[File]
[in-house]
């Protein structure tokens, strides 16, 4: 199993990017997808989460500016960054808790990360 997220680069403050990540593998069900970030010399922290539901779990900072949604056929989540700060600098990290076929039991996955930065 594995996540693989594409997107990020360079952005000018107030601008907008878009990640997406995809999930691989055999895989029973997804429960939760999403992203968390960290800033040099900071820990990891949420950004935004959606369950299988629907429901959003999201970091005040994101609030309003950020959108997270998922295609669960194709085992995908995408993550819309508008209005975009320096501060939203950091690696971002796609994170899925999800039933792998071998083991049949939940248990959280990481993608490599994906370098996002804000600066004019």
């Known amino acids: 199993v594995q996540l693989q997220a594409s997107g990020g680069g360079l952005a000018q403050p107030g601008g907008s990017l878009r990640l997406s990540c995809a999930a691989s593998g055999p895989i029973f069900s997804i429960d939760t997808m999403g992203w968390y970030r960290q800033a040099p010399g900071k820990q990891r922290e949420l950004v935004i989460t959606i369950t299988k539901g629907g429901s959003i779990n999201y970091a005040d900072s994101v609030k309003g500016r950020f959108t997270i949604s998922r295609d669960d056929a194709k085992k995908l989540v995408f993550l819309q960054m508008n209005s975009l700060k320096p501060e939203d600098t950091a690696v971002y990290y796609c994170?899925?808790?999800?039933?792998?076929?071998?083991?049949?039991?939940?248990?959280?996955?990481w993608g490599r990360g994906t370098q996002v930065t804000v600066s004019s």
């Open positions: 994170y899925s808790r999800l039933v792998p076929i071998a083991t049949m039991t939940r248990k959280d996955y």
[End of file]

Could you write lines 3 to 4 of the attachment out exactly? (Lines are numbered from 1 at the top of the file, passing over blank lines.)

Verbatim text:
């Known amino acids: 199993v594995q996540l693989q997220a594409s997107g990020g680069g360079l952005a000018q403050p107030g601008g907008s990017l878009r990640l997406s990540c995809a999930a691989s593998g055999p895989i029973f069900s997804i429960d939760t997808m999403g992203w968390y970030r960290q800033a040099p010399g900071k820990q990891r922290e949420l950004v935004i989460t959606i369950t299988k539901g629907g429901s959003i779990n999201y970091a005040d900072s994101v609030k309003g500016r950020f959108t997270i949604s998922r295609d669960d056929a194709k085992k995908l989540v995408f993550l819309q960054m508008n209005s975009l700060k320096p501060e939203d600098t950091a690696v971002y990290y796609c994170?899925?808790?999800?039933?792998?076929?071998?083991?049949?039991?939940?248990?959280?996955?990481w993608g490599r990360g994906t370098q996002v930065t804000v600066s004019s």
């Open positions: 994170y899925s808790r999800l039933v792998p076929i071998a083991t049949m039991t939940r248990k959280d996955y």